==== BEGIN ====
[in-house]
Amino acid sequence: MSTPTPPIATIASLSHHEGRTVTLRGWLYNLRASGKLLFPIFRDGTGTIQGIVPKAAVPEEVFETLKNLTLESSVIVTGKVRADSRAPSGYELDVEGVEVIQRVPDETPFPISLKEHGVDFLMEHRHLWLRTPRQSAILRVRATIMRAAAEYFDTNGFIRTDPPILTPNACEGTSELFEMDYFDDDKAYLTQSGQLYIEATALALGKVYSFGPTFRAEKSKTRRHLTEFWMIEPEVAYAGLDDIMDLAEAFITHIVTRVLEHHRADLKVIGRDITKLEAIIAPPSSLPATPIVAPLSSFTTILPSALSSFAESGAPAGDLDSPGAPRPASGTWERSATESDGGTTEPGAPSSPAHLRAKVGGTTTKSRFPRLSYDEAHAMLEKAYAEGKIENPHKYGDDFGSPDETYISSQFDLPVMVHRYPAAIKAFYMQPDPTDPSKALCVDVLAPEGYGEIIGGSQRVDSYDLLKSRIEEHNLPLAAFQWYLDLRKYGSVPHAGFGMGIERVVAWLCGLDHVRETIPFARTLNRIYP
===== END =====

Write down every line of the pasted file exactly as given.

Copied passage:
[in-house]
Amino acid sequence: MSTPTPPIATIASLSHHEGRTVTLRGWLYNLRASGKLLFPIFRDGTGTIQGIVPKAAVPEEVFETLKNLTLESSVIVTGKVRADSRAPSGYELDVEGVEVIQRVPDETPFPISLKEHGVDFLMEHRHLWLRTPRQSAILRVRATIMRAAAEYFDTNGFIRTDPPILTPNACEGTSELFEMDYFDDDKAYLTQSGQLYIEATALALGKVYSFGPTFRAEKSKTRRHLTEFWMIEPEVAYAGLDDIMDLAEAFITHIVTRVLEHHRADLKVIGRDITKLEAIIAPPSSLPATPIVAPLSSFTTILPSALSSFAESGAPAGDLDSPGAPRPASGTWERSATESDGGTTEPGAPSSPAHLRAKVGGTTTKSRFPRLSYDEAHAMLEKAYAEGKIENPHKYGDDFGSPDETYISSQFDLPVMVHRYPAAIKAFYMQPDPTDPSKALCVDVLAPEGYGEIIGGSQRVDSYDLLKSRIEEHNLPLAAFQWYLDLRKYGSVPHAGFGMGIERVVAWLCGLDHVRETIPFARTLNRIYP